Textual Evidence

on John 8:1-11 (1865)

Exerpted from: Frederick Louis Godet, Commentary on John’s Gospel (1865),
(transl. into English 1957,1980 etc.)

Page Index

Last Updated: Feb 19, 2009

Section 1: - Introduction to Godet
Section 2: - Text-Critical Arguments
Section 3: - Commentary on John 8:1-11
Section 4: - Modern Footnotes

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Godet, Frédéric Louis (1812–1900) Swiss Protestant theologian and New Testament scholar.

Born at Neuchatel, and educated there and at Bonn and Berlin, Godet served from 1838 to 1844 as tutor to Crown Prince (later King) Frederick Wilhelm III of Prussia. He served as supply preacher in the Val–de–Ruy from 1844 to 1851, and as pastor at Neuchatel from 1851 to 1866. Between 1851 and 1873 he was also professor of exegetical and critical theology in Neuchatel. [At this time he wrote his commentary on John.]

From 1873 to 1887 he was professor of New Testament exegesis at the newly established Free Evangelical Faculty, which he helped to found.

Godet did much to interpret German theological thought to French–speaking Protestants, and the English translations of his works made him influential in international NT scholarship. His conservative viewpoint in NT interpretation is clearly expressed in his critical commentaries.

(Godet published: John, 1864–1865; Luke, 1871; Romans, 1879–1880; 1 Corinthians, 1886).

- taken from Who's Who in Christian History

"Godet was a leading Swiss Protestant Reformed scholar of the 19th century. He was an able defender of the orthodox Christian faith in an age of growing liberalism." - C.H. Dyer in Bibliotheca Sacra

" Godet, in all his commentaries, shows a scholarly breadth of familiarity with the commentators who preceded him. Many of their interpretations are stated and refuted in order to present that which the author feels is the correct interpretation of the passage. One can in reading this work avail himself of a clear summary of the views of many various writers. The author was respected as a theologian, hence his work has depth, and was revered as a Greek scholar and exegete, and thus his work has accuracy." - J.D. Pentecost in Bibliotheca Sacra

We can get a glimpse of Godet's thinking from his own words:

Excerpt from the Preface to the
First Edition of Godet's Commentary on Luke:

"A Commentary on the Gospel of John remains an unfinished work so long as it is left unaccompanied by a similar work on at least one of the synoptical Gospels. Of these three writings, the Gospel of Luke appeared to me best fitted to serve as a complement to the exegetical work which I had previously published, because, as M. Sabatier has well shown in his short but substantial Essai sur les Sources de la Vie de Jesus, Luke's writing constitutes, in several important respects, a transition between the view taken by John and that which forms the basis of the synoptical literature.

The exegetical method pursued is very nearly the same as in my preceding Commentary. I have not written merely for professed theologians; nor have I aimed directly at edification. This work is addressed, in general, to those readers of culture, so numerous at the present day, who take a heart-felt interest in the religious and critical questions which are now under discussion. To meet their requirements, a translation has been given of those Greek expressions which it was necessary to quote, and technical language has as far as possible been avoided. The most advanced ideas of modern unbelief circulate at the present time in all our great centers of population. In the streets of our cities, workmen are heard talking about the conflict between St. Paul and the other apostles of Jesus Christ. We must therefore endeavor to place the results of a real and impartial Biblical science within reach of all. I repeat, respecting this Commentary, what I have already said of its predecessor; it has been written, not so much with a view to its being consulted, as read.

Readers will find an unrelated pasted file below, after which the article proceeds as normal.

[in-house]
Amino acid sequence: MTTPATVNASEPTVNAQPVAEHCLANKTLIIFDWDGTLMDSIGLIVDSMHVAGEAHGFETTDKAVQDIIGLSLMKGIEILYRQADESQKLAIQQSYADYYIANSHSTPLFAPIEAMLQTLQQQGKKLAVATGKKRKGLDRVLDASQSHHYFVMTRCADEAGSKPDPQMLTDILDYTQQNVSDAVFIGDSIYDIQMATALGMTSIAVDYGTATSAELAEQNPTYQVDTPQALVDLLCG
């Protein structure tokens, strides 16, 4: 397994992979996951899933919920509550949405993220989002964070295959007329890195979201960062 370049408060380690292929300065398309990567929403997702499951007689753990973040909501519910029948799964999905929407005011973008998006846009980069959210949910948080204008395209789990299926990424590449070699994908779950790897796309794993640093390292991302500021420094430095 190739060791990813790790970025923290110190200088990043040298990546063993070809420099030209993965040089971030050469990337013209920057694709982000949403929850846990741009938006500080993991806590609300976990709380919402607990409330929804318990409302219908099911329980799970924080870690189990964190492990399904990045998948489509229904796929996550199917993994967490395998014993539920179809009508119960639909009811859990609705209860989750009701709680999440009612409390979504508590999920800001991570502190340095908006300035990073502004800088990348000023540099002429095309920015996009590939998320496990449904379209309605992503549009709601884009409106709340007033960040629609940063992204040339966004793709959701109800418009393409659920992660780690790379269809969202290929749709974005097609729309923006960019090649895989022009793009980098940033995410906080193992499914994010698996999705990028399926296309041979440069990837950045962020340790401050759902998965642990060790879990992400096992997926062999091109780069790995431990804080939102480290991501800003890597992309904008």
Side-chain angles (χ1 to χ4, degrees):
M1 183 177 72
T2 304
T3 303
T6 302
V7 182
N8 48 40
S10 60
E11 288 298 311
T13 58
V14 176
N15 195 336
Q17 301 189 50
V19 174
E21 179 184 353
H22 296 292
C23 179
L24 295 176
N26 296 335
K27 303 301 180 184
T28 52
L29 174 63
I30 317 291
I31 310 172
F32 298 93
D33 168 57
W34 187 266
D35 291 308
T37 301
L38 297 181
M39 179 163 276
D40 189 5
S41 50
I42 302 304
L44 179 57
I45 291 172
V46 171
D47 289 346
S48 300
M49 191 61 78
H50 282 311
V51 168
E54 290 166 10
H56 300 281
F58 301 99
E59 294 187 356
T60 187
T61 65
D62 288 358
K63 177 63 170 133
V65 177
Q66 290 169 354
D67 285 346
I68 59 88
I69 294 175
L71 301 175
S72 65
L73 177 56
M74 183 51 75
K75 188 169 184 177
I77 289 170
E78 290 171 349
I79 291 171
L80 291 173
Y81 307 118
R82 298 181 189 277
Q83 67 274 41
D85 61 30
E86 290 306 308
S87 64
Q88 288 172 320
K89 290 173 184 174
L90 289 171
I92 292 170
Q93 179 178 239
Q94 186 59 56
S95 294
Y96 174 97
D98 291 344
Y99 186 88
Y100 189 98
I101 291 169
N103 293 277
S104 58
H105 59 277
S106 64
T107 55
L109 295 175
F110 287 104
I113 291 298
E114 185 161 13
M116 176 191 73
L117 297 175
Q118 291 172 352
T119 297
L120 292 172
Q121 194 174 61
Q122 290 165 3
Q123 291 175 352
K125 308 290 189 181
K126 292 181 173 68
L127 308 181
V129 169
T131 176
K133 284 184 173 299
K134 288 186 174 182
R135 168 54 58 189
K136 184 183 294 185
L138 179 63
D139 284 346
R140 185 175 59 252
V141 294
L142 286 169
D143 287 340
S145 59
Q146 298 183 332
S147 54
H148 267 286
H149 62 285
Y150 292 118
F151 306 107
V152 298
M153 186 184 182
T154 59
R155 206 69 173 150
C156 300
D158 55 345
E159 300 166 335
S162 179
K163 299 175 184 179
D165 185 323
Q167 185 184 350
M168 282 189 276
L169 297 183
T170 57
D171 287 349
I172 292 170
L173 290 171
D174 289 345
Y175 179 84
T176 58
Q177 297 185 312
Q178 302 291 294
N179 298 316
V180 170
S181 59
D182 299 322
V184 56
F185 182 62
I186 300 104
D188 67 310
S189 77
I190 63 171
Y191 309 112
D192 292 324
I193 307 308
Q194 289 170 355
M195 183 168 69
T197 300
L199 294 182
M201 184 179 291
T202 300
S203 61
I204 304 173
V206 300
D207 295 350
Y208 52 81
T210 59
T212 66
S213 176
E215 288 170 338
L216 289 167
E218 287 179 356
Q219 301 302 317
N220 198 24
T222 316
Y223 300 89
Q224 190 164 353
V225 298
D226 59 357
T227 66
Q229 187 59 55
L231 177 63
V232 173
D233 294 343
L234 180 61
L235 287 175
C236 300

If I am asked with what scientific or religious assumptions I have approached this study of the third Gospel, I reply; With these two only: that the authors of our Gospels were men of good sense and good faith."

Godet is a pleasure to read, one of the last great commentators having both deep faith and massive education and insight into his subject. He really belongs to that generation just previous to the wild young pioneers who wrecklessly followed on the heels of German higher criticism.

Even so, Godet suffers from the malaise of almost everyone of his era, namely a lack of foresight into where the explosion of contemporary criticism would quickly lead. As a result, he too easily embraced German scholarship, never questioning motives or the value of their work to the needed depth.

The danger to the Faith that German criticism posed was invisible to most people enjoying the civility of the Victorian era. Few sensed any danger, and even fewer gave warning. Those who did seemed to be exaggerating and hysterical in the 19th century.

Although Godet reads as a 'conservative' today, in his own time he would have been perceived as quite modern, discussing and sharing the latest theories and claims of the German higher critics with his countrymen.

Nonetheless, his skepticism, and his insights into the weaknesses of his fellow critics are extremely valuable, and his work continues to prevent many from uncritically embracing harmful and flimsily supported ideas.

In this modern age where every flakey idea seems to be repackaged as new, only to deceive once more before being refuted all over again, Godet can save us the trouble of traveling some previously explored wrong turns.

If we take the time to try to understand Godet's often subtle reasoning, we will be rewarded with a deeper insight into the issues that continue to surround the Pericope de Adultera, even today.

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Godet on 8:1-11


Frederick Louis Godet's book: Commentary on John’s Gospel